Where does water come from in New York? I don't know, but it doesn't flow spontaneously to the thirtieth floor. It needs to be pumped, which involves electricity, from wherever it comes from to wherever it has to go. No electricity, no pump. No pump, no water. And no flushing of toilets. River water could be drunk, of course. Think of the crowds.
In all likelihood, civil society would collapse by the end of the fourth day. The more virile ethnics would surge from the ghettos with guns and clubs to feed. Police would have disappeared or be either looking after their families or themselves looting. Civilization is a thin veneer. The streets and subways are not safe even without a nuclear war. The majority would be unarmed and unable to defend themselves. People who had never touched a gun would suddenly understand the appeal. If you think this would not happen, give my best to Tinker Belle.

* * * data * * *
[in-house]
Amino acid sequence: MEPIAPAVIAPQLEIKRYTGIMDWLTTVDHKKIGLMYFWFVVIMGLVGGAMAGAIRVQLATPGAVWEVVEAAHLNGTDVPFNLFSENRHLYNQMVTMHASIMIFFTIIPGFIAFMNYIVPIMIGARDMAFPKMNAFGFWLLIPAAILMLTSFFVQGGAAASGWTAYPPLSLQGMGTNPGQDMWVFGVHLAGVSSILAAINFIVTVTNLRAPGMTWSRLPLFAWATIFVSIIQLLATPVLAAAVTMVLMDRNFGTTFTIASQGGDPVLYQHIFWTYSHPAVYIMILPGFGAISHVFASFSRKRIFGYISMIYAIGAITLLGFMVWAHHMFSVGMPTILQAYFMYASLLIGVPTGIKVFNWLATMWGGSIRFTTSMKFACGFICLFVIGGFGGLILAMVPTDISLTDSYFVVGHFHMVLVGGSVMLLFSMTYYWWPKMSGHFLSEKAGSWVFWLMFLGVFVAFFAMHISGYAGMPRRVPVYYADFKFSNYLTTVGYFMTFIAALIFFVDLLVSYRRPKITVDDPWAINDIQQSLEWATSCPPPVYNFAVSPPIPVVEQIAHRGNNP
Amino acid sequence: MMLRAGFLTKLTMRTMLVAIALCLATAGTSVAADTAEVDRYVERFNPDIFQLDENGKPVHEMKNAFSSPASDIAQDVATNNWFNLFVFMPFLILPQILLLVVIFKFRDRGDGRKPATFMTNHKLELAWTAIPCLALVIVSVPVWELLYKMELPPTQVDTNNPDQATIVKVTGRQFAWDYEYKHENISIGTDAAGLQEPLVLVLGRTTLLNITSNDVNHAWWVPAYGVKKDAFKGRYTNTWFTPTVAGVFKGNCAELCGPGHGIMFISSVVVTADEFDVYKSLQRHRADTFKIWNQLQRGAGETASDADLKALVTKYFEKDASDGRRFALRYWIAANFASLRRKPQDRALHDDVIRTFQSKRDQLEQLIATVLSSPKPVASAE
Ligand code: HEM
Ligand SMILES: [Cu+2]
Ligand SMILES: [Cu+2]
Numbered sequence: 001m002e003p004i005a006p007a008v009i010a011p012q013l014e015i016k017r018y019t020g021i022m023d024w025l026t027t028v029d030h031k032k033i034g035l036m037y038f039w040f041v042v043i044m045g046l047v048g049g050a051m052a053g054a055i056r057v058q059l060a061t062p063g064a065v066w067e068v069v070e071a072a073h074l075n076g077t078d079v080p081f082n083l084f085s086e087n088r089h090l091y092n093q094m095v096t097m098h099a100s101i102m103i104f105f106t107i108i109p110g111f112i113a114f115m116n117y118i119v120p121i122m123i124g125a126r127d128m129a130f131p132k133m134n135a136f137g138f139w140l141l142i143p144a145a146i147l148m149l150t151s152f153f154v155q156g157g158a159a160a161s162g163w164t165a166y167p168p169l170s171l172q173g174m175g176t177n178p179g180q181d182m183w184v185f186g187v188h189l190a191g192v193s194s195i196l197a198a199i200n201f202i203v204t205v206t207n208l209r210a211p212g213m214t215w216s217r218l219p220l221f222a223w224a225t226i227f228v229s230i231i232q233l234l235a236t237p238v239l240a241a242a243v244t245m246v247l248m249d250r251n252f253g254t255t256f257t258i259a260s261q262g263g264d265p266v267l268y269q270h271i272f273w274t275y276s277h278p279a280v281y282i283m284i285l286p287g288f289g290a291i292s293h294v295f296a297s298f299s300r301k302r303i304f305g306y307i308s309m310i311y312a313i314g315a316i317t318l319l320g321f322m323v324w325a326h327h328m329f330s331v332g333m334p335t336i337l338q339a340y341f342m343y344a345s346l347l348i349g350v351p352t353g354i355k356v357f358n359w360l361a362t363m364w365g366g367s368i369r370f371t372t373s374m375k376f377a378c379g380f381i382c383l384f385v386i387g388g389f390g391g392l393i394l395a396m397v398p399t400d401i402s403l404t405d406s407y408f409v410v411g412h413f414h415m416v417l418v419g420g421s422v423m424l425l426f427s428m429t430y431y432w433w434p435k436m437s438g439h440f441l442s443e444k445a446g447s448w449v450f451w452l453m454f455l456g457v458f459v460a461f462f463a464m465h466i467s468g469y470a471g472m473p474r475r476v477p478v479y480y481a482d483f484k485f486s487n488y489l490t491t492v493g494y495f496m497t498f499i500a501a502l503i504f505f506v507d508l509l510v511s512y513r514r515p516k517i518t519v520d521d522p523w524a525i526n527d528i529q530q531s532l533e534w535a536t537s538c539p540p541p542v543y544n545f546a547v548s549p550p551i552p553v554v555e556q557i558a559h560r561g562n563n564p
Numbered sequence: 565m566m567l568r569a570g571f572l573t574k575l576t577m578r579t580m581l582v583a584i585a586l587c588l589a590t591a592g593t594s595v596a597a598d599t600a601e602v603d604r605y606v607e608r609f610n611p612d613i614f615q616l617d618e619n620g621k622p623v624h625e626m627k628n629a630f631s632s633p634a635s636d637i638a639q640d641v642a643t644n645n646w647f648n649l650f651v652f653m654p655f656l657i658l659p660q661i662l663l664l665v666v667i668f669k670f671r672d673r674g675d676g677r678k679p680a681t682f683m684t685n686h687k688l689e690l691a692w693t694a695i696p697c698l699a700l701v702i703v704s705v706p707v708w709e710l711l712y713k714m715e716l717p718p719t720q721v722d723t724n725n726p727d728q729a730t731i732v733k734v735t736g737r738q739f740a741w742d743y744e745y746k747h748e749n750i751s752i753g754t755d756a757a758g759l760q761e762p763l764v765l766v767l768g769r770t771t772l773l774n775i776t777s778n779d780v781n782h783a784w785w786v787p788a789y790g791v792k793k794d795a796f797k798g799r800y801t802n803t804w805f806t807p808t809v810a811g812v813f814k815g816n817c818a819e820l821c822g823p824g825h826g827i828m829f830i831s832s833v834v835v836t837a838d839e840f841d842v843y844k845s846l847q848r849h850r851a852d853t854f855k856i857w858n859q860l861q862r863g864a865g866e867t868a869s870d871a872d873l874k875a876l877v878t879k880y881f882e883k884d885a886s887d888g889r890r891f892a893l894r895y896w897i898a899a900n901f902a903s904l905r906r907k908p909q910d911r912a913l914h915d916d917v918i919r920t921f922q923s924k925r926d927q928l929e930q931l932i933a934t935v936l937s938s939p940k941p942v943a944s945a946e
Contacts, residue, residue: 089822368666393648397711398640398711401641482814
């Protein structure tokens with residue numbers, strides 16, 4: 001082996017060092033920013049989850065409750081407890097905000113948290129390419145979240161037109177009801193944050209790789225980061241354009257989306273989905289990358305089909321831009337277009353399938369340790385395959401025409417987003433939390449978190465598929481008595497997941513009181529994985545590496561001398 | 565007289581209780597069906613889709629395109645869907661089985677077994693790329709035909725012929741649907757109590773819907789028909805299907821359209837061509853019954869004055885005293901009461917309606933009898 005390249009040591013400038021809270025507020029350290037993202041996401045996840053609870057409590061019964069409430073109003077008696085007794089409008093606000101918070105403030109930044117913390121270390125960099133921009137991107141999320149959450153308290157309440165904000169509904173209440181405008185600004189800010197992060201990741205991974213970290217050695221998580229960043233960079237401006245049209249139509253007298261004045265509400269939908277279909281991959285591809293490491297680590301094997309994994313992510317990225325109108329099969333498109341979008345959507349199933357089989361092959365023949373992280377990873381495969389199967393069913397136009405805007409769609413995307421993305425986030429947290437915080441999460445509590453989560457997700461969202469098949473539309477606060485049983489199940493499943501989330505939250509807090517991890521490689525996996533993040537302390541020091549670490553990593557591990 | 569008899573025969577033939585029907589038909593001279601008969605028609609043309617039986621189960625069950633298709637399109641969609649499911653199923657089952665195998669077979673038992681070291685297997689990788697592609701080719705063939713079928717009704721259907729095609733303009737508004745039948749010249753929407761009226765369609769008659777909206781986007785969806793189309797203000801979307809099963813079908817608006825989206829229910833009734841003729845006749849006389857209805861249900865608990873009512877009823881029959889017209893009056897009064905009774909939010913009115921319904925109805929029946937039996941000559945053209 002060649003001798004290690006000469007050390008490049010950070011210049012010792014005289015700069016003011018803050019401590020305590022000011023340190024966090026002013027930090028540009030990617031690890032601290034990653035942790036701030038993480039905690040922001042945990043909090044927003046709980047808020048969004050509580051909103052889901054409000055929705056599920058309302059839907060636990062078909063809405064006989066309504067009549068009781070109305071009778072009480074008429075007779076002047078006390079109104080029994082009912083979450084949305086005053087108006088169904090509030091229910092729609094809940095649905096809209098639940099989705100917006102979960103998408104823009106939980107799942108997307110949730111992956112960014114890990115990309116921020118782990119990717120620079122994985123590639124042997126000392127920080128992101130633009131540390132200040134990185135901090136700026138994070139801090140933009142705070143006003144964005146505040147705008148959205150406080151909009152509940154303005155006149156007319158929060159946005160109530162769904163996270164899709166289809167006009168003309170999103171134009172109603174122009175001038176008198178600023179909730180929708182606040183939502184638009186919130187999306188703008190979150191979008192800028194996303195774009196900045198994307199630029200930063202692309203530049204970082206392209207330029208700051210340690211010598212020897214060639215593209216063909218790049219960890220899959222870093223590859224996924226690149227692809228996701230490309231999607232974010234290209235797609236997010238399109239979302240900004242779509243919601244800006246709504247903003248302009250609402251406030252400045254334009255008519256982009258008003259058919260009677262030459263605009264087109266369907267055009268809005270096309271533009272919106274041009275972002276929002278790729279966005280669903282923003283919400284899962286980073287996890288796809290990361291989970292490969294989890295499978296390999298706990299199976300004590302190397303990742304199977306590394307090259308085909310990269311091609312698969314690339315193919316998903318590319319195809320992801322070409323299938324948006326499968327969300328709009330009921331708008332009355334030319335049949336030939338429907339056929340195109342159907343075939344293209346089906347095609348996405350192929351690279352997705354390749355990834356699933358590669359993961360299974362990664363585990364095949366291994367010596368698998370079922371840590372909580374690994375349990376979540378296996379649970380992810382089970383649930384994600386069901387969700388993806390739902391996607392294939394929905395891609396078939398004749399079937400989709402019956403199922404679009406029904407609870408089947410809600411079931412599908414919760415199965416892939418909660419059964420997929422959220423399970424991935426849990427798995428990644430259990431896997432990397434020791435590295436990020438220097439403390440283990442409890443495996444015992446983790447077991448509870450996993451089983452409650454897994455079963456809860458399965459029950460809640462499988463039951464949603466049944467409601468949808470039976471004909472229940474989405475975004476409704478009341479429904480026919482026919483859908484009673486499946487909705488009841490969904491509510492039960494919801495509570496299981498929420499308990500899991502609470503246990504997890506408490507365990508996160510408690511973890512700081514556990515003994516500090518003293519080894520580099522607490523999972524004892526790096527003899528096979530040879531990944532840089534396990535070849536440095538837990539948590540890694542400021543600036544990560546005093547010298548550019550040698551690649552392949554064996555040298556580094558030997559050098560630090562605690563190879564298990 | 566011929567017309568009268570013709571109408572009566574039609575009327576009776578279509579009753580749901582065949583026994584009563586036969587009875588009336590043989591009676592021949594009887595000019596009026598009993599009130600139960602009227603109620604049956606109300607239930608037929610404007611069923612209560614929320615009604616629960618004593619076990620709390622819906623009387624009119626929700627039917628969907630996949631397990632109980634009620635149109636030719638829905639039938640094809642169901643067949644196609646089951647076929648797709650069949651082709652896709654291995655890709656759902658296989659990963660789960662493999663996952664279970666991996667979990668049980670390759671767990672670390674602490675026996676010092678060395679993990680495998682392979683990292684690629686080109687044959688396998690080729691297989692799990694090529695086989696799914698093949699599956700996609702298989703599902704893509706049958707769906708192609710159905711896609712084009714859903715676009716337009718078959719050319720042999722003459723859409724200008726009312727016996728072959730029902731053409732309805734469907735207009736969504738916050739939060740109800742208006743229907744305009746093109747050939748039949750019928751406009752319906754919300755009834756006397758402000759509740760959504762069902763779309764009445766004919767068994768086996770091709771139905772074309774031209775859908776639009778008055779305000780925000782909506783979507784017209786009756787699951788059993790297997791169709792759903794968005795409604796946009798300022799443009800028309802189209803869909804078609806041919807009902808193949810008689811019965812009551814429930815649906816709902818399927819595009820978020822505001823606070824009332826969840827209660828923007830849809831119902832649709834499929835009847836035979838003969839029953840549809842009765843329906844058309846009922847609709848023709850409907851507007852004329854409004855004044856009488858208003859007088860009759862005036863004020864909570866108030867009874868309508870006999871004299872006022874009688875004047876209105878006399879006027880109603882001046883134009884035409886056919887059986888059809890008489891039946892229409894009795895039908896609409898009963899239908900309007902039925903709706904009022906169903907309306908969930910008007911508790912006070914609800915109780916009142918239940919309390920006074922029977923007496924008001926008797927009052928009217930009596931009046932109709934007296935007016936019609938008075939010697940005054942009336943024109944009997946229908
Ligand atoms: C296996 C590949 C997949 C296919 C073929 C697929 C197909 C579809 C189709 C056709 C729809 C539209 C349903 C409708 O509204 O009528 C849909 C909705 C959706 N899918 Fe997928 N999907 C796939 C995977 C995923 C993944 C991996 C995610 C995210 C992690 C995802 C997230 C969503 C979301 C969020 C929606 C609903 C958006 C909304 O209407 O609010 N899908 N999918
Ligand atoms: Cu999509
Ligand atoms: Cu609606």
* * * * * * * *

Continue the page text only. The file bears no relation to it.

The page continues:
‘By the end of the second week, people would be eating each other. Literally. This happens in famines.’
Thus it would not be necessary to bomb a city to destroy it, only to cut it off from transport hubs for a couple of weeks. An attacker would of course destroy many cities in addition to necessary infrastructure. Those who plan nuclear wars may be psychopaths, or just insular geeks fiddling with bloodless abstractions, but they are not fools. They have carefully calculated how to most seriously damage a target country. In no more than a couple of months, perhaps two hundred million people would starve to death. Do you think this fantastic? Tell me why it is fantastic.